So what is burnout? It’s a state of emotional, physical, and mental exhaustion caused by excessive and prolonged stress. It occurs when you feel overwhelmed, emotionally drained, and are unable to meet constant demands. It can be caused by your workload, a perceived lack of control, a misalignment in the amount of effort and the payoff (whether that’s an intrinsic or extrinsic reward), a values mismatch, or the community/environment.
Burnout is not something that has to happen though. It can be prevented, you don’t have to experience it, you can heal from it, and as a leader, you better believe you can create an environment that does not contribute to it.
First, understand the root cause of burnout for yourself (so that you don’t inadvertently continue to experience it), then understand how to protect your team from burnout by creating a psychologically safe work environment and culture.
Identify the Root Cause of Burnout
You have to be willing to look at your role in the situation. Especially if you’ve experienced habitual burnout at multiple jobs, companies, or leading your own businesses.
Have achievement and success always been important to you? Have you always tried to differentiate yourself from others by your accomplishments? Is your identity largely defined by what you do, your business or your career?
If you answered yes to any of these, you’re more likely to suffer from burnout because you will naturally put more pressure on yourself to continue driving and achieving (even if there are warning signs to slow down). Also, your sense of self and identity is going to be largely predicated on the very thing driving you to burnout. It will feel wrong or bad to say “no” or “I can’t manage this right now.” You may even feel like you’ve failed.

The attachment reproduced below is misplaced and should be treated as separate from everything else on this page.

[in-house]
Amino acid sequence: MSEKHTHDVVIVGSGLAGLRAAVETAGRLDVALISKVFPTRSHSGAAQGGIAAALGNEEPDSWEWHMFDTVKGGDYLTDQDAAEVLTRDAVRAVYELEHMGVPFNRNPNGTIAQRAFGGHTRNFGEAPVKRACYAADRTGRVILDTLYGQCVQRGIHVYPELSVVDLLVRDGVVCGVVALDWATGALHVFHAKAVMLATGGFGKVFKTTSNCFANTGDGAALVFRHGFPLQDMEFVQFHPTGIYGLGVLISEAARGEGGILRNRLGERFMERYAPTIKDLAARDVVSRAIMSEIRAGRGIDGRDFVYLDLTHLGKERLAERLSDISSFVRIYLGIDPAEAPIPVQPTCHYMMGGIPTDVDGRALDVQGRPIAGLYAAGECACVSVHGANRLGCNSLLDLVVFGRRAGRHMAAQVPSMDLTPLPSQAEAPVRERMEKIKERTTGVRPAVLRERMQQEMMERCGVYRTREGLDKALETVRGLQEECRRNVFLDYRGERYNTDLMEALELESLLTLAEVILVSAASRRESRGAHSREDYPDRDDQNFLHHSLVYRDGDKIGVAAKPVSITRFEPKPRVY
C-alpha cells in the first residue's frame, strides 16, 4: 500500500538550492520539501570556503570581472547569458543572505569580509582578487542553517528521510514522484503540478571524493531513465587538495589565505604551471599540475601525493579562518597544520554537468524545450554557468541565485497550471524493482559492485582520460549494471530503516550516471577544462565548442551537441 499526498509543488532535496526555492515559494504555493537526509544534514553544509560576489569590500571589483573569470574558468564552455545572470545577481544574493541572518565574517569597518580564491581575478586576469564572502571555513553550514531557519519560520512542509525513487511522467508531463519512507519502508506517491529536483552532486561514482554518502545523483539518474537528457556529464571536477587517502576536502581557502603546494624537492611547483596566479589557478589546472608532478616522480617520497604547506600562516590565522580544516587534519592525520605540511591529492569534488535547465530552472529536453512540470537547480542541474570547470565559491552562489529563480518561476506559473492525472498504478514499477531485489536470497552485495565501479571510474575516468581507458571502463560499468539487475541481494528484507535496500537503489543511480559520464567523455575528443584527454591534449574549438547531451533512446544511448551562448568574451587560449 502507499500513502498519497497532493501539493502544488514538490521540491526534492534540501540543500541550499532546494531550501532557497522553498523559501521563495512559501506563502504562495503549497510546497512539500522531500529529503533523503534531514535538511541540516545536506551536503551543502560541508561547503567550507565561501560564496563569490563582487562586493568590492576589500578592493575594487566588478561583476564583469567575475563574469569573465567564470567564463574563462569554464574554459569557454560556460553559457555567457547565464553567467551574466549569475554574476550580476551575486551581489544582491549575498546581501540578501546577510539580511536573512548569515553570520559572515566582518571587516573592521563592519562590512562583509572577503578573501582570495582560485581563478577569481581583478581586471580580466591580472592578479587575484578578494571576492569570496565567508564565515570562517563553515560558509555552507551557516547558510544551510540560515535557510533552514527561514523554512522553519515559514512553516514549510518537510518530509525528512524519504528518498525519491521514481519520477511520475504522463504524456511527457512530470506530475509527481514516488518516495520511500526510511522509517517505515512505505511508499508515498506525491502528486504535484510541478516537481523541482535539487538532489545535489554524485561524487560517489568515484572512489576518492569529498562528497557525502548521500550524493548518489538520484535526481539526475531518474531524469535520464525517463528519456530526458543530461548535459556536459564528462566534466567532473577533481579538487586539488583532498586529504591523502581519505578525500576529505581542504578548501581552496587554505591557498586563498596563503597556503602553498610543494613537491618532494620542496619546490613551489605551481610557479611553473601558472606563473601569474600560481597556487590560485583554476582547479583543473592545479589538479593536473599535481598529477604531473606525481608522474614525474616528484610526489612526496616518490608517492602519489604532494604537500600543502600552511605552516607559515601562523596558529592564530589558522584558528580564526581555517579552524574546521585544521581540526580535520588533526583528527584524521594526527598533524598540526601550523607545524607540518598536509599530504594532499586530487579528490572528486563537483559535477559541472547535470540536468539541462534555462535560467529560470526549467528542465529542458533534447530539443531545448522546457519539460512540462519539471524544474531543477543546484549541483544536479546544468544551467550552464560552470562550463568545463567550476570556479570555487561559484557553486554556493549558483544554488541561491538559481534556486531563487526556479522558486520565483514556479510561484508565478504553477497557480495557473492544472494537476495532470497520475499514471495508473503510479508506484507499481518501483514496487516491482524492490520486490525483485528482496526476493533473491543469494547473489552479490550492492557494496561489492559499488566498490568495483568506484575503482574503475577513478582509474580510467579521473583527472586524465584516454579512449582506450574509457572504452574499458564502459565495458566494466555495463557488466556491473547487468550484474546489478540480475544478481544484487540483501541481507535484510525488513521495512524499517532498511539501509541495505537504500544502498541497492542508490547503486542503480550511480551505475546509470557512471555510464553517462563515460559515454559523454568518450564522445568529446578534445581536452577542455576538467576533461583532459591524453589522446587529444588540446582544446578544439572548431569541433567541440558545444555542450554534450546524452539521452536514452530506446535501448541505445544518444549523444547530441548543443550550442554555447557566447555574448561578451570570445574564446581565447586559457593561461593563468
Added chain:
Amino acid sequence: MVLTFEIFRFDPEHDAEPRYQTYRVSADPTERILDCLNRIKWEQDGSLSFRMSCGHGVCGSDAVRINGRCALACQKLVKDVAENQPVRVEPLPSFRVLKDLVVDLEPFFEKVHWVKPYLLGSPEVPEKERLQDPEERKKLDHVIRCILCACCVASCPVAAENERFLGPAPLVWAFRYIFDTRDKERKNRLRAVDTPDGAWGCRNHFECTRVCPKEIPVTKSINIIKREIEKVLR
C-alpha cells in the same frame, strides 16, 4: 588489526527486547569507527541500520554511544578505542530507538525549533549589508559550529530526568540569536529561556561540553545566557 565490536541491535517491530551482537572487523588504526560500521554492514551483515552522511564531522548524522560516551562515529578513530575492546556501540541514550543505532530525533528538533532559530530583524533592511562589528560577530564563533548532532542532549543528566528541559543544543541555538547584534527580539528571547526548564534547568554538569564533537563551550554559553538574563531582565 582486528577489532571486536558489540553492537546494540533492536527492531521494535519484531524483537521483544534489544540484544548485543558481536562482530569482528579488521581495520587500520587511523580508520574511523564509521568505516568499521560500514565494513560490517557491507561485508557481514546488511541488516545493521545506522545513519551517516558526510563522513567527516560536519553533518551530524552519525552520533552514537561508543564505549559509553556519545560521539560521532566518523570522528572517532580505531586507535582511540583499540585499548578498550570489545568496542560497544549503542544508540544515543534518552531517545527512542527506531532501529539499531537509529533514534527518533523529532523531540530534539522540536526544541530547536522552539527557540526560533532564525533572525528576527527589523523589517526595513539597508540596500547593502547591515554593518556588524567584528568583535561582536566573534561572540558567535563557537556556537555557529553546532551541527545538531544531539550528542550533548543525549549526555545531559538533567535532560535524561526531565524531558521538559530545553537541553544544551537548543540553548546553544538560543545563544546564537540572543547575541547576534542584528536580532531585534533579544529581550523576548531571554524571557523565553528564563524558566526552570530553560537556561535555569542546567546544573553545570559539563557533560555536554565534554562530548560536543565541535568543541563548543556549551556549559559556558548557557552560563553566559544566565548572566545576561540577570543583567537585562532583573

If you can relate to this, start the sometimes long process of untangling your true self and your identity from your career, business, or achievements. Who are you without your career, business, or achievements? Who or what brings you even greater joy, fulfillment, and peace? And how can you begin turning to those people or activities more?
You do this by making more room for the things that bring you joy and allow you to just be (no performance or achievement needed). Then you’re able to loosen your grip on the very thing causing you so much stress and burnout. This is when you can begin to explore a new relationship with your career, business or with achievement in general.
Protect Your Team From Burnout
As a leader, how can you ensure that your culture and work environment are not contributing to burnout? Well, it needs to be psychologically safe. Psychological safety is a belief that you are safe to speak your mind, make mistakes, and you won’t be punished. It helps to prevent burnout specifically by making it safe to speak up. If your team members don’t feel safe to speak up, then they won’t let you know when something is not working, broken, failing, or when they’re getting close to burning out (you want to know these things as a leader). If they don’t feel safe speaking up, then you must look at the culture you’re creating and wonder why.
How to Establish Psychological Safety
In her book The Fearless Organization, Amy Edmonson writes that psychological safety can be cultivated by inviting participation, responding productively, setting expectations about failure and expectations, reframing failure (fail forward, fail fast), clarifying the need for people to speak up, and reminding people why what they do matters. This last one, reminding people that what they do matters, is especially poignant when talking about burnout. If what they do matters and they matter, then hopefully they’ll feel compelled to take good care of themselves.